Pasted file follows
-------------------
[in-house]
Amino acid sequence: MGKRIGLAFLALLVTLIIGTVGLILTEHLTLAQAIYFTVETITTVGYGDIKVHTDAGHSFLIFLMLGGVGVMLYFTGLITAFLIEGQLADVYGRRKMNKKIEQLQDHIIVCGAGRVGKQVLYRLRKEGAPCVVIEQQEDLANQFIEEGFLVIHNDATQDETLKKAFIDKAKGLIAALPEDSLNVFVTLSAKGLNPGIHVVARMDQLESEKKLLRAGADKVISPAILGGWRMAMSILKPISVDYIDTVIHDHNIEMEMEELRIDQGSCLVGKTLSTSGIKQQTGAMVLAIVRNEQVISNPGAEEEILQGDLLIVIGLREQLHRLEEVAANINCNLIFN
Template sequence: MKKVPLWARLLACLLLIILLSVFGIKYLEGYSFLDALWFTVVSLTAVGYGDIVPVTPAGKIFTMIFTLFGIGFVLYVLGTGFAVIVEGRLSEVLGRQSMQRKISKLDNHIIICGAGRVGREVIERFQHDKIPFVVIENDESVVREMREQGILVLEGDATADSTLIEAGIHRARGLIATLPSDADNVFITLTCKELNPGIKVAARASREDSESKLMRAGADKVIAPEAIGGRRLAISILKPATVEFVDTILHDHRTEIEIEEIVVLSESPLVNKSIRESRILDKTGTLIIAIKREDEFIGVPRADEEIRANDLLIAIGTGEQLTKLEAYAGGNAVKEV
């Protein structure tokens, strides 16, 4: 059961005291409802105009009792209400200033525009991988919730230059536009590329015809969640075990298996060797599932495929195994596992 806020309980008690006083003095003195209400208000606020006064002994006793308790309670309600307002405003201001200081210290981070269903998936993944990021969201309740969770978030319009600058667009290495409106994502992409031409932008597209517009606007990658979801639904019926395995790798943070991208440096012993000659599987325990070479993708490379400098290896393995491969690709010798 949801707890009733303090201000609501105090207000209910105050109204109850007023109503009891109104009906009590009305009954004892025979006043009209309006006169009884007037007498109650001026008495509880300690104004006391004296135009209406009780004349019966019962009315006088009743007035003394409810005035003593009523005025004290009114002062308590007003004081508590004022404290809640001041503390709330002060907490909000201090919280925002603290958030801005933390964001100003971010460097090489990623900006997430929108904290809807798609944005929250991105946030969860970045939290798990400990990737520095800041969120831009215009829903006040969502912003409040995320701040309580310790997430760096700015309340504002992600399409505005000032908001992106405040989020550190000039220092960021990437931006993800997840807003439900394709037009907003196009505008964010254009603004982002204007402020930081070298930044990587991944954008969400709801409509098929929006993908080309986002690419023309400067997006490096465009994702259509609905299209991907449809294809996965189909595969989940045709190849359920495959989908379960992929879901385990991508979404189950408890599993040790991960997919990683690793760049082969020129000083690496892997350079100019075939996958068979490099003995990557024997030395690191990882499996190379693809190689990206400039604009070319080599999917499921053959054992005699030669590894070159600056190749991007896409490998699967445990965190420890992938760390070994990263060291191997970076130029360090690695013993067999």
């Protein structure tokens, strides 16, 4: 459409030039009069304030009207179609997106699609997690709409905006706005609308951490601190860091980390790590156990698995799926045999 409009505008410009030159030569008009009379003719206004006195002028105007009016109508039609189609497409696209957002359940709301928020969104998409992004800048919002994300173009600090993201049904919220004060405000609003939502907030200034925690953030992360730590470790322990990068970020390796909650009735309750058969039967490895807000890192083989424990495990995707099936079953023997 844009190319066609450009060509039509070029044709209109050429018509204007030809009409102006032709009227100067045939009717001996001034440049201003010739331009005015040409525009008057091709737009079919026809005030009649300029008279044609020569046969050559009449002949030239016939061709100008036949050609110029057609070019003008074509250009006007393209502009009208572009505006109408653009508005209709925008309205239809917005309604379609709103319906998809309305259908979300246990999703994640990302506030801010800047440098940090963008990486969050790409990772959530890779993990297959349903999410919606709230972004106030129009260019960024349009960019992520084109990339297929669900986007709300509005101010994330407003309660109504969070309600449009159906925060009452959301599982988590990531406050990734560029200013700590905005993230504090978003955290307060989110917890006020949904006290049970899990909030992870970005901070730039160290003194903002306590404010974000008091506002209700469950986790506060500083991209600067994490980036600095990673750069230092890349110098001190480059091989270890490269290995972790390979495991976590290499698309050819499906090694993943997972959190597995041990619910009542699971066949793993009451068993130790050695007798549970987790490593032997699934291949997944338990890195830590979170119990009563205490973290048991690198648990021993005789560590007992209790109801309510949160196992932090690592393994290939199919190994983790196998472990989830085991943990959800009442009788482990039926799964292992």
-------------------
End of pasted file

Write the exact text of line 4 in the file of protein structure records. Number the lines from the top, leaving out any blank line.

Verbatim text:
């Protein structure tokens, strides 16, 4: 059961005291409802105009009792209400200033525009991988919730230059536009590329015809969640075990298996060797599932495929195994596992 806020309980008690006083003095003195209400208000606020006064002994006793308790309670309600307002405003201001200081210290981070269903998936993944990021969201309740969770978030319009600058667009290495409106994502992409031409932008597209517009606007990658979801639904019926395995790798943070991208440096012993000659599987325990070479993708490379400098290896393995491969690709010798 949801707890009733303090201000609501105090207000209910105050109204109850007023109503009891109104009906009590009305009954004892025979006043009209309006006169009884007037007498109650001026008495509880300690104004006391004296135009209406009780004349019966019962009315006088009743007035003394409810005035003593009523005025004290009114002062308590007003004081508590004022404290809640001041503390709330002060907490909000201090919280925002603290958030801005933390964001100003971010460097090489990623900006997430929108904290809807798609944005929250991105946030969860970045939290798990400990990737520095800041969120831009215009829903006040969502912003409040995320701040309580310790997430760096700015309340504002992600399409505005000032908001992106405040989020550190000039220092960021990437931006993800997840807003439900394709037009907003196009505008964010254009603004982002204007402020930081070298930044990587991944954008969400709801409509098929929006993908080309986002690419023309400067997006490096465009994702259509609905299209991907449809294809996965189909595969989940045709190849359920495959989908379960992929879901385990991508979404189950408890599993040790991960997919990683690793760049082969020129000083690496892997350079100019075939996958068979490099003995990557024997030395690191990882499996190379693809190689990206400039604009070319080599999917499921053959054992005699030669590894070159600056190749991007896409490998699967445990965190420890992938760390070994990263060291191997970076130029360090690695013993067999």